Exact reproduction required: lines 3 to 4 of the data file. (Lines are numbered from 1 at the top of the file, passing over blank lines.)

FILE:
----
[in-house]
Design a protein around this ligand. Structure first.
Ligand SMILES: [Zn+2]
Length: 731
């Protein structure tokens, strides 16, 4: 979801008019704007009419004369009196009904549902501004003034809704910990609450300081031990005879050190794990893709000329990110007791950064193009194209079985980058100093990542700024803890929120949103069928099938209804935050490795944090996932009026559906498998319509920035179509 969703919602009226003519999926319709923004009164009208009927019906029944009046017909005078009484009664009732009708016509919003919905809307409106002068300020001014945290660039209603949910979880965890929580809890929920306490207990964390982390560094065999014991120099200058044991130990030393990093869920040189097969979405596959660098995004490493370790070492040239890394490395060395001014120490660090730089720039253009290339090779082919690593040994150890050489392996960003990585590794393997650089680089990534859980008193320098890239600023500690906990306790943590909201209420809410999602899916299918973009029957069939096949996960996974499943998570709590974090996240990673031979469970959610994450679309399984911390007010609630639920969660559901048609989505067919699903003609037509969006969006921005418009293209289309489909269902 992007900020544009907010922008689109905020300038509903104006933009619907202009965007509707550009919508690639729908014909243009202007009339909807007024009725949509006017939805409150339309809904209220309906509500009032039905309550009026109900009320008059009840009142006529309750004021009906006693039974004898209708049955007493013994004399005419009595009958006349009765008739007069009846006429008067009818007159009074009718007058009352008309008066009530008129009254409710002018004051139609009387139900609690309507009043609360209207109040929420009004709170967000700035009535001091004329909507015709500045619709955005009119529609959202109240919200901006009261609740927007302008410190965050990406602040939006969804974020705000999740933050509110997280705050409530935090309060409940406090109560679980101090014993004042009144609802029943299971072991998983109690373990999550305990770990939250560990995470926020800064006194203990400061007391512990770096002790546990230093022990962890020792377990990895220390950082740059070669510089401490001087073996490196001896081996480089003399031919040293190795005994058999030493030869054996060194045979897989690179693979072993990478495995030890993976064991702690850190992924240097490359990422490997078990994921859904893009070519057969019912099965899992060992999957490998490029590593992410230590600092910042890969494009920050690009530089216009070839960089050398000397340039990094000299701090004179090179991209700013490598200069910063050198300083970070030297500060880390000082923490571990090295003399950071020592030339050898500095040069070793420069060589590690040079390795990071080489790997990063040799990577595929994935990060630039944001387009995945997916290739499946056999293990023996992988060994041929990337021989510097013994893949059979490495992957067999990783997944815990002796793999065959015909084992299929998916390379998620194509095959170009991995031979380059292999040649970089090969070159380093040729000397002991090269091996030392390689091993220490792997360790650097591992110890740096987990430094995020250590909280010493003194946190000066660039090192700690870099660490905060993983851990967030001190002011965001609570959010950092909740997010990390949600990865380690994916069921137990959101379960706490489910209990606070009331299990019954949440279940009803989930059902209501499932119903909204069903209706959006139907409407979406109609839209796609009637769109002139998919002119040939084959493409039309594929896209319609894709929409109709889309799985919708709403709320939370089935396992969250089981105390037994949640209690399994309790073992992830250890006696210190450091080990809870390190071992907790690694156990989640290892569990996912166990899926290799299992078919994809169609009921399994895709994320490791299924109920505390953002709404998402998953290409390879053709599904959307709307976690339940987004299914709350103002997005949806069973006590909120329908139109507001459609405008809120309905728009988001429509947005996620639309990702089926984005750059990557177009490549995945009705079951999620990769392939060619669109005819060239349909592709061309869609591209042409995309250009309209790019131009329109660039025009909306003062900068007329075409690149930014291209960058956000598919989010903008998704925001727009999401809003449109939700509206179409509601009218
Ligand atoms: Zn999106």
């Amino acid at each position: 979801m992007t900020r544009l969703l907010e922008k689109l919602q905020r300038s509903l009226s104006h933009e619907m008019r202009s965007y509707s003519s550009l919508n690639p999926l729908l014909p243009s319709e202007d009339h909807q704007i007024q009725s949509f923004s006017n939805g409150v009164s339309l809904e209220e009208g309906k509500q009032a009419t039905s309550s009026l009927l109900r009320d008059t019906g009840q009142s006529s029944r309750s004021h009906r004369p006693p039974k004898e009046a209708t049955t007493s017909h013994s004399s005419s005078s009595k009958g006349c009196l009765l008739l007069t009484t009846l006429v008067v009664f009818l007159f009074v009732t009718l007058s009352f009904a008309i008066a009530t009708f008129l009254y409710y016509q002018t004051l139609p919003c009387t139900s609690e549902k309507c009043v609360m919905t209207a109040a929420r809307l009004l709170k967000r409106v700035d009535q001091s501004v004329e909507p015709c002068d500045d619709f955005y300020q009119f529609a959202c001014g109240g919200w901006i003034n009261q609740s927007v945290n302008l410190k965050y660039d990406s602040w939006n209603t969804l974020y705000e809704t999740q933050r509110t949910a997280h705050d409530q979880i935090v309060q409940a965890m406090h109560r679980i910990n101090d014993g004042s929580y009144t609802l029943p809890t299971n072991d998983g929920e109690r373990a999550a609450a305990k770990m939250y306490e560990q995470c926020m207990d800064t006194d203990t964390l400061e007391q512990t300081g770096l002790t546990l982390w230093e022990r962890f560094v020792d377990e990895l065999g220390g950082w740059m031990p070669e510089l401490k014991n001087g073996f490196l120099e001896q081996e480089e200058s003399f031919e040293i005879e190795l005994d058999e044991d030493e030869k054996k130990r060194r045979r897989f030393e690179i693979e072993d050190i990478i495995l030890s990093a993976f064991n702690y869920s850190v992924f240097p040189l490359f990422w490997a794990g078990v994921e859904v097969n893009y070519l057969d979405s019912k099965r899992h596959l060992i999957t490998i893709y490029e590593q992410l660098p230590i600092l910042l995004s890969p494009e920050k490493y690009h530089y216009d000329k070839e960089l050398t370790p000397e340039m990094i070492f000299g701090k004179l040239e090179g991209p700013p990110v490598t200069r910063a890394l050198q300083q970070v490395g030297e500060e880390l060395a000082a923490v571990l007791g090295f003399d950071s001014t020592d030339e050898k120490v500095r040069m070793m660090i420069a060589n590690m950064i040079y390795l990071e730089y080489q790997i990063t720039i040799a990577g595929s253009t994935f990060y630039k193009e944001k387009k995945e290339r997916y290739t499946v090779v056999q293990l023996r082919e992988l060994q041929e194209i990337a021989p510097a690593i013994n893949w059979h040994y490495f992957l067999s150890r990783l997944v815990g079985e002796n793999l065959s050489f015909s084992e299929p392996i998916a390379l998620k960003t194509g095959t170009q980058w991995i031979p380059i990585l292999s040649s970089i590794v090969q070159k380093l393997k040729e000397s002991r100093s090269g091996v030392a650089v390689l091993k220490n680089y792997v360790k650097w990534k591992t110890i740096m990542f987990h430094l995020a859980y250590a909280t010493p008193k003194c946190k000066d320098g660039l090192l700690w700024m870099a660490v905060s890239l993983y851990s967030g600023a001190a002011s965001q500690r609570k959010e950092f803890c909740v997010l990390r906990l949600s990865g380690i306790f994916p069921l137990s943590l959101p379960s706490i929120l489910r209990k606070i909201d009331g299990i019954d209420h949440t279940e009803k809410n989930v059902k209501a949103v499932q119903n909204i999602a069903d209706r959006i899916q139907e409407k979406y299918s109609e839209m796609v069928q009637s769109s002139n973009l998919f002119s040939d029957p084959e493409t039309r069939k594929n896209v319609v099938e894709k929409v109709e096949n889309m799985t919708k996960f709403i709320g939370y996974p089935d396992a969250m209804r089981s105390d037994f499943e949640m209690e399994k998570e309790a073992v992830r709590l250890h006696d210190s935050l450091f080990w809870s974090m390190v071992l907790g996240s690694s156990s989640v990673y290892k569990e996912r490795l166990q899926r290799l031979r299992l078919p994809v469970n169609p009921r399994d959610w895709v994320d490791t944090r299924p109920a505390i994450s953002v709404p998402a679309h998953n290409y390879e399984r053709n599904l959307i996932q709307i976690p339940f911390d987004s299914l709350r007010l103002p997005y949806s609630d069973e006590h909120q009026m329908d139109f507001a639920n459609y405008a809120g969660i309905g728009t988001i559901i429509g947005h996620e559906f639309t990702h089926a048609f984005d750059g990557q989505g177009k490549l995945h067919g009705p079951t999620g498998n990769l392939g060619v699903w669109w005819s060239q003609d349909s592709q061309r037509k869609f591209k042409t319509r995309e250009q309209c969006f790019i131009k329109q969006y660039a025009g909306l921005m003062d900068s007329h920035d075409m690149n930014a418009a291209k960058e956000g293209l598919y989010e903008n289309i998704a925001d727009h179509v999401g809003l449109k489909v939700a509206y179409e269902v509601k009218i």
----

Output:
Ligand SMILES: [Zn+2]
Length: 731